Consider her slogan, “Fighting for us.” For many men, this slogan would have to be experienced as emasculating.
Wait. Really? Are America's men really so easily afflicted with a sense of emasculation?
A woman fighting for them? Rightly or wrongly, the slogan rubs the wrong way in relation to traditional notions of masculinity.
Her slogan itself reveals a limited conception of who she seeks to represent.
This, I don't get. "Us" is a fairly broad and innocuous term. The only way the slogan could be more rhetorically inclusive is if it it was "Fighting for us AND them." But that, uh, would present its own set of challenges.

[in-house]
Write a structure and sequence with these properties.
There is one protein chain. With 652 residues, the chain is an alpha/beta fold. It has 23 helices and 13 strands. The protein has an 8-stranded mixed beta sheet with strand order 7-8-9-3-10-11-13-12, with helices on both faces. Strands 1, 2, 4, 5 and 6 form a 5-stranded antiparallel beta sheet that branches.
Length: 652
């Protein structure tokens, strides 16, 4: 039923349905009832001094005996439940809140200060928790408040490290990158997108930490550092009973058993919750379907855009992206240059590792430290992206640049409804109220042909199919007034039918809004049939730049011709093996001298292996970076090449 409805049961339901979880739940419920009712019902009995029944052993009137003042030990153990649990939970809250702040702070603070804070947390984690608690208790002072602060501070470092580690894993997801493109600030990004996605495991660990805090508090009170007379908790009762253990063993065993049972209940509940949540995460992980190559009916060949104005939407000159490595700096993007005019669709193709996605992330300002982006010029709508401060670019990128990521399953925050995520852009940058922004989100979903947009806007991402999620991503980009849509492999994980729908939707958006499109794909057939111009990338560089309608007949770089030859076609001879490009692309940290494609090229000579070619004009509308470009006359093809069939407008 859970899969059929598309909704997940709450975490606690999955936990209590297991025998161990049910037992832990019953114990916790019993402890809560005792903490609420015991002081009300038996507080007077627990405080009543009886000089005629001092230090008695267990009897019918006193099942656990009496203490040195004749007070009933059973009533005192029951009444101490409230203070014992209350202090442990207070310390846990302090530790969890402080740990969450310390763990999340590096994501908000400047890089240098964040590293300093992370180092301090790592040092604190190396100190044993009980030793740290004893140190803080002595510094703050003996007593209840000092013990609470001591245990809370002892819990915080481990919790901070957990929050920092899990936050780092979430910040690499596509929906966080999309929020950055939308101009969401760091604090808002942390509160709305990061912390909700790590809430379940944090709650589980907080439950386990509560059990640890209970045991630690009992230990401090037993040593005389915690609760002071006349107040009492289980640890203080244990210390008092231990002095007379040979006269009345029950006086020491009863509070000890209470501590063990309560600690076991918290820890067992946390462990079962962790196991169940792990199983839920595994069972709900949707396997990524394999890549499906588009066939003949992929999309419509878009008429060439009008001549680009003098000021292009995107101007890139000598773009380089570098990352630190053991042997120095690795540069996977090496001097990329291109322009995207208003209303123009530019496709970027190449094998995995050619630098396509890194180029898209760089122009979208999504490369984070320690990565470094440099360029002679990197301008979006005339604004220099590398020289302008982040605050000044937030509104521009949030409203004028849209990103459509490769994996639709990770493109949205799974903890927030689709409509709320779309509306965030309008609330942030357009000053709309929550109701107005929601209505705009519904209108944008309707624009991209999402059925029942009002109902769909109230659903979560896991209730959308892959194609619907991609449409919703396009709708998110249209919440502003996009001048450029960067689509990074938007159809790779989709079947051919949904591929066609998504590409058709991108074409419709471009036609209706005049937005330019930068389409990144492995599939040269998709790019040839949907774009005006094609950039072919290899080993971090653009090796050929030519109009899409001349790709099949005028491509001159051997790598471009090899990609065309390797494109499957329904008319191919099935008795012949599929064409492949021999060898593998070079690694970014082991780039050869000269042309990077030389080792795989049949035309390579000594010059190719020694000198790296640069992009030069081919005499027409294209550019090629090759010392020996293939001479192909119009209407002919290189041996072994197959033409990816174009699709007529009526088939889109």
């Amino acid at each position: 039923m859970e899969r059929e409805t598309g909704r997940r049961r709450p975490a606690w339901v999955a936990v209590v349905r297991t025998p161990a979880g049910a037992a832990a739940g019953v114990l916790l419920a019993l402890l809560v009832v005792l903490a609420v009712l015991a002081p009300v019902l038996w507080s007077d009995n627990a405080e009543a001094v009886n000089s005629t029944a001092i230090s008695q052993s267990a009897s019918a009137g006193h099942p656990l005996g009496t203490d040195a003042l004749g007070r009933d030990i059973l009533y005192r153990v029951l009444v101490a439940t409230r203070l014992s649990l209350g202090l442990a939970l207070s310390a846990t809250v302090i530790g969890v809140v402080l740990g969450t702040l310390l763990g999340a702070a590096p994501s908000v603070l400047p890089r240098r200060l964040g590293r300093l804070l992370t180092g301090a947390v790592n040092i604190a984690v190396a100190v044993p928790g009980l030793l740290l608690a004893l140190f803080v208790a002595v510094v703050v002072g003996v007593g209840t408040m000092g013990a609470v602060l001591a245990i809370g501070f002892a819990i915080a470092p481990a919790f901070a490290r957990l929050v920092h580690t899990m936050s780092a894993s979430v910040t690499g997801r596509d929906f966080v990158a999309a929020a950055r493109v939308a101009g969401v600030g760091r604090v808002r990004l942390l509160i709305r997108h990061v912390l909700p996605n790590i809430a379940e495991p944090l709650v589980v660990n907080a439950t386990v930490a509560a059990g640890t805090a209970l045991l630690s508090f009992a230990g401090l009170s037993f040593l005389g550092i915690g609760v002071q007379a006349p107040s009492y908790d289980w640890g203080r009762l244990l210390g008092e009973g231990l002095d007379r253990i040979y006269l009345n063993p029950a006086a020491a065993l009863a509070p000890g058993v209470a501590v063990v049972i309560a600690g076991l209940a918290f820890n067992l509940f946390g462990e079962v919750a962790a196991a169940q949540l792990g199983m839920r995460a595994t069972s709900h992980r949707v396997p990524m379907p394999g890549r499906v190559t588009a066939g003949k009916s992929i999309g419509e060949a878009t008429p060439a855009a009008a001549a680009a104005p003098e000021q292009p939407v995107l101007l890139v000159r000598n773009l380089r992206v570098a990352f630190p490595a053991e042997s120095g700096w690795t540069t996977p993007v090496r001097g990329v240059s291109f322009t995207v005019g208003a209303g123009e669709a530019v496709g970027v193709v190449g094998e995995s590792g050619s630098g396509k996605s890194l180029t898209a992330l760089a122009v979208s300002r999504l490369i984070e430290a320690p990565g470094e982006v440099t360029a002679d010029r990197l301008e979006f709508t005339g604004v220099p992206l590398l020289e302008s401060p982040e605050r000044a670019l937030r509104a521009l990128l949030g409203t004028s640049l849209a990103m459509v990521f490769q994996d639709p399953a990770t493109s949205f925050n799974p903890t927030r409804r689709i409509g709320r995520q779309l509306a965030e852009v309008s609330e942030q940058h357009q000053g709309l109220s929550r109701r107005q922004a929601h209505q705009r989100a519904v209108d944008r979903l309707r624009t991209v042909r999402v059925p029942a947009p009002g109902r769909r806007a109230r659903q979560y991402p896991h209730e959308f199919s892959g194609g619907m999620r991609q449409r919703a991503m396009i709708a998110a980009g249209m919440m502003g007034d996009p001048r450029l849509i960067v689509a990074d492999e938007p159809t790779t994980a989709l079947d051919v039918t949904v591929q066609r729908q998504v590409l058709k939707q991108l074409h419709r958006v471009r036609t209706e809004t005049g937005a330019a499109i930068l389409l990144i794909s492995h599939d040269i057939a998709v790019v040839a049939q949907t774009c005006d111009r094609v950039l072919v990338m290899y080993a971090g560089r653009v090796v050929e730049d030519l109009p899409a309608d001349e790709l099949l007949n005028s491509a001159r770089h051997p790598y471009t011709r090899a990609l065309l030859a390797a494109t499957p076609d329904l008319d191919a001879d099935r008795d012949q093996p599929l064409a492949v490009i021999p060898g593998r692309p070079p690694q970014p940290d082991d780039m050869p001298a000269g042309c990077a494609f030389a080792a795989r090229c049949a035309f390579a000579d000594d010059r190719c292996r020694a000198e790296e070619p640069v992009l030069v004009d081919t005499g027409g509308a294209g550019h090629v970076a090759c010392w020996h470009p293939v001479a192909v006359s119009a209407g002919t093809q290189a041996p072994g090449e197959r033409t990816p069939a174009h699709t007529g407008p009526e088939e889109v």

How does Allen suggest Clinton overcome her problem?
Personally, she should meet his insults with a cheery silence, or a lighthearted deflectionary joke.Don't want to seem like an angry feminist! This, of course, cedes too much ground to Donald Trump -- he's free to continue his misogyny and the advice is not to counter it and call it out for what it is, but to smile and say something pleasant. It's the same advice women have been getting for years, and it's mostly been offered in order to keep men from feeling uncomfortable in the face of women's frustration with the behavior of bros.